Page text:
Another European option is the Porsche Cayenne hybrid, which starts from around £68,000. For this buyers get a maximum of 22 all-electric miles (spec dependent). Official economy is up to 72.4mpg with CO2 emissions claimed to be as low as 70g/km. What sets the Cayenne apart from many of its rivals is the fact it offers a genuinely engaging driving experience despite being a rather large SUV.

Finally, there is the Range Rover Sport P400e hybrid which is priced from around £73,000 and promises an all-electric range of up to 26 miles. Emissions are claimed to be as low as 69g/km and official economy is up to 75.3mpg (spec dependent). On top of this, the Range Rover Sport PHEV is comfortable, relatively good to drive and of course, it is handy off-road, too.

Neither the BMW X5 xDrive45e or its rivals are particularly cheap, yet all offer an upmarket car with seemingly green credentials. For all, it is important to keep in mind drivers will likely get nowhere near official economy and emissions figures unless they charge their car very regularly.

BMW X5 xDrive45e technology

All BMW X5 xDrive45e models come with air suspension front and back. This means they use compressed air to smooth out bumps in the road rather than metal springs – this is quite common in high-end vehicles. BMW also offers something it calls ‘integral active steering’ (as an option) which allows the rear wheels to turn ever so slightly when driving helping improve manoeuvrability.

Furthermore, the X5 PHEV emits a noise when driving at low speeds under battery power alone so that pedestrians are made aware of the vehicles presence. BMW has also included three electric driving modes, Auto eDrive, Max eDrive and Save Battery which help decide whether an X5 xDrive45e is getting its power from its battery pack or its engine. Naturally, Auto leaves it up the car to decide which one is best, Max goes for maximum battery use and Save Battery tries to do just that.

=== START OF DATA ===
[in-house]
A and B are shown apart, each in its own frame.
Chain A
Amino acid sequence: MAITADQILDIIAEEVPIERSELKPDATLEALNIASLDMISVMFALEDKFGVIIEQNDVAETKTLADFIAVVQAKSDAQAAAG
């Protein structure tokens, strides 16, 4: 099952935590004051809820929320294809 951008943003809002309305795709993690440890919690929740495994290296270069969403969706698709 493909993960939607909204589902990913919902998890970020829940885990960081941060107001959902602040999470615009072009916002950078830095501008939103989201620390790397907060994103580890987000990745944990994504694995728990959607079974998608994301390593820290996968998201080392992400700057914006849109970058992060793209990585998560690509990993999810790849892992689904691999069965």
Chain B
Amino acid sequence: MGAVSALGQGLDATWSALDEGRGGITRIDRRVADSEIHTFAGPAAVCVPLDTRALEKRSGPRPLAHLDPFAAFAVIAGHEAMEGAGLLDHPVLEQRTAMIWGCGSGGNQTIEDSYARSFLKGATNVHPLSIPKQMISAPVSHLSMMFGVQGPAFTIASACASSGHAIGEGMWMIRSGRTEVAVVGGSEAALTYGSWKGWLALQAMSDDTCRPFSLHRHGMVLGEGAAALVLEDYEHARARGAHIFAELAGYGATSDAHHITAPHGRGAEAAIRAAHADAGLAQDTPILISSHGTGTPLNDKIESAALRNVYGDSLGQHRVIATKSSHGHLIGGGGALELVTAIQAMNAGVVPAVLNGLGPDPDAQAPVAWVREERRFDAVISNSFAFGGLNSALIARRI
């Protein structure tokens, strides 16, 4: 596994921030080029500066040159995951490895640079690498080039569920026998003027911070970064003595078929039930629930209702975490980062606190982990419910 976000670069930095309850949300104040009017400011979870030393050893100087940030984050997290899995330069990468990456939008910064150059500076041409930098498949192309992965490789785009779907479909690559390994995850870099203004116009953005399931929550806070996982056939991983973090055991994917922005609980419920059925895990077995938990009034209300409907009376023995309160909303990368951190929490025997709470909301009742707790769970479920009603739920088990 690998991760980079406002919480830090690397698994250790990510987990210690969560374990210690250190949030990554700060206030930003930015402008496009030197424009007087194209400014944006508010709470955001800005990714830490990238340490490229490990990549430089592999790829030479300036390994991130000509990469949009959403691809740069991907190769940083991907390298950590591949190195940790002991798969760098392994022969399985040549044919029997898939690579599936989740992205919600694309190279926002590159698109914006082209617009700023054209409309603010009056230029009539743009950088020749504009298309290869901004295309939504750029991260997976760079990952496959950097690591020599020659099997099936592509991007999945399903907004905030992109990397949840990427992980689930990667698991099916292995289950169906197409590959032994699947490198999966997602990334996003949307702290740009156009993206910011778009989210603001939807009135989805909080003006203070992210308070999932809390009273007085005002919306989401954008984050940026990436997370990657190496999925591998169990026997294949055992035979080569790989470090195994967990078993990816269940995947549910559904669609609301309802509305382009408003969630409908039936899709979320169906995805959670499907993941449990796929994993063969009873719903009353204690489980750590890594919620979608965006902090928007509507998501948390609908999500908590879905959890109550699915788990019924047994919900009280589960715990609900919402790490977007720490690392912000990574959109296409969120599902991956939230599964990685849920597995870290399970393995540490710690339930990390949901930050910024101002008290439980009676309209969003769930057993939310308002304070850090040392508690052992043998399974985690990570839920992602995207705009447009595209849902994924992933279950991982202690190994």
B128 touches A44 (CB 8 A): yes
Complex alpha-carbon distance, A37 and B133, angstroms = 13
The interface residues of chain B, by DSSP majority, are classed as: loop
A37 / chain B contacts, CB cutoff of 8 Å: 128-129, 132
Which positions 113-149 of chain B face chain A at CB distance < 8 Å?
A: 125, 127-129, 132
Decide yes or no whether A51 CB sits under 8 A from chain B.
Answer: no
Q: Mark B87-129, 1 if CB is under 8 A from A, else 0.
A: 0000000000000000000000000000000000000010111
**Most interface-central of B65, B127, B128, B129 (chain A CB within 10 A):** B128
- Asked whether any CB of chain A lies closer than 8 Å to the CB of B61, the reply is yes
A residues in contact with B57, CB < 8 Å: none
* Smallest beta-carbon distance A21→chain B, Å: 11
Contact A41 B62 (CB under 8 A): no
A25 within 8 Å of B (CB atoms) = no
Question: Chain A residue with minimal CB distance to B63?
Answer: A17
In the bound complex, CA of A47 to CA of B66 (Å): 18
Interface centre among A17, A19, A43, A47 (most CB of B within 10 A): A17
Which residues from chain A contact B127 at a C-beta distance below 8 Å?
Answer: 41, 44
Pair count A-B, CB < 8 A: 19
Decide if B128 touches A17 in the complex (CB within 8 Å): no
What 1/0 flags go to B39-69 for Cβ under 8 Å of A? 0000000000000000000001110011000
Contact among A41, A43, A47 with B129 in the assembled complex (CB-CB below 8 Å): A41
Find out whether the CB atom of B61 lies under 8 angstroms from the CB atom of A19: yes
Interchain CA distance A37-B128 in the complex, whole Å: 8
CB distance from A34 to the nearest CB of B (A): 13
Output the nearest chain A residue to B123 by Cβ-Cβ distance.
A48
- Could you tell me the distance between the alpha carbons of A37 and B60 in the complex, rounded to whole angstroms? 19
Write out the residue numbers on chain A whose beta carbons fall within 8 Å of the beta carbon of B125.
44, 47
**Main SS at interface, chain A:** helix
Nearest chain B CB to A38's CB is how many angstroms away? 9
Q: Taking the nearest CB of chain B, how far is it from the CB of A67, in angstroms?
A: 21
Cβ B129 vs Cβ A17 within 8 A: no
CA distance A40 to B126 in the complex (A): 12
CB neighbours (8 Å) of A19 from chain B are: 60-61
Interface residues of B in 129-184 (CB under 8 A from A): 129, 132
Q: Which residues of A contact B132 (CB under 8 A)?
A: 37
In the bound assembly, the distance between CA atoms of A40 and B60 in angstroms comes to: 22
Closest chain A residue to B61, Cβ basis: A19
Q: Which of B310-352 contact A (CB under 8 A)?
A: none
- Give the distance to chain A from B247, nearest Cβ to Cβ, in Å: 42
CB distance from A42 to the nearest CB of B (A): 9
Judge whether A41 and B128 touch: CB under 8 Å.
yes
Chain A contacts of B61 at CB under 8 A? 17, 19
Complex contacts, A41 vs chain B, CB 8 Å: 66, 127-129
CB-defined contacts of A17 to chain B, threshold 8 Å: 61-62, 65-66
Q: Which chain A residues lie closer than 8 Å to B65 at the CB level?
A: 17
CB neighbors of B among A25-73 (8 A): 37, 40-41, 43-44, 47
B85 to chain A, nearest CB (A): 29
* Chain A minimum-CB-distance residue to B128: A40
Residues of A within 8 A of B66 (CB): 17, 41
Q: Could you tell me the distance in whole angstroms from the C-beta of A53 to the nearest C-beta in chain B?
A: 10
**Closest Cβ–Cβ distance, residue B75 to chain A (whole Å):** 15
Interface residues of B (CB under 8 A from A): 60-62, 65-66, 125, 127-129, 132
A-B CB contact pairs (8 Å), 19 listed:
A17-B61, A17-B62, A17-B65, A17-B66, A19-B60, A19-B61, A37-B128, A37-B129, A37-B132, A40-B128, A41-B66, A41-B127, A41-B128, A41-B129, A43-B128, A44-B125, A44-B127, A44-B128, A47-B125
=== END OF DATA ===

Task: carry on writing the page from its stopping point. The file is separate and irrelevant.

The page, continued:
Finally, much like other car manufacturers, BMW is pushing the connected services available with the X5 hybrid via its ConnectedDrive suite of features. These include being able to remotely lock your car, turning on the climate control and set destinations all from your smartphone.

BMW X5 xDrive45e design

If you are familiar with the interior and exterior of petrol or diesel powered BMW X5s then you will be familiar with the interior and exterior of hybrid models as they are the same. This means up front there are two large grilles, long bonnet and large alloy wheels. Whereas at the back there is a two section tailgate and twin exhausts.

Inside buyers will find a 12.3-inch information and media display in the centre of the dashboard and a relatively clutter-free collection of vents, buttons and dials. Instead of traditional dials there is a digital display feeding drivers key information such as speed and range.

BMW X5 xDrive45e dimensions

The BMW X5 xDrive45e is no small car. It is 4,922mm long, 2,218mm wide (including wing mirrors) and 1,745mm high. This helps make its 500 litre cargo area possible – non hybrid models come with a 550 litre boot. With the rear seats folded luggage area increase to 1,720 litres.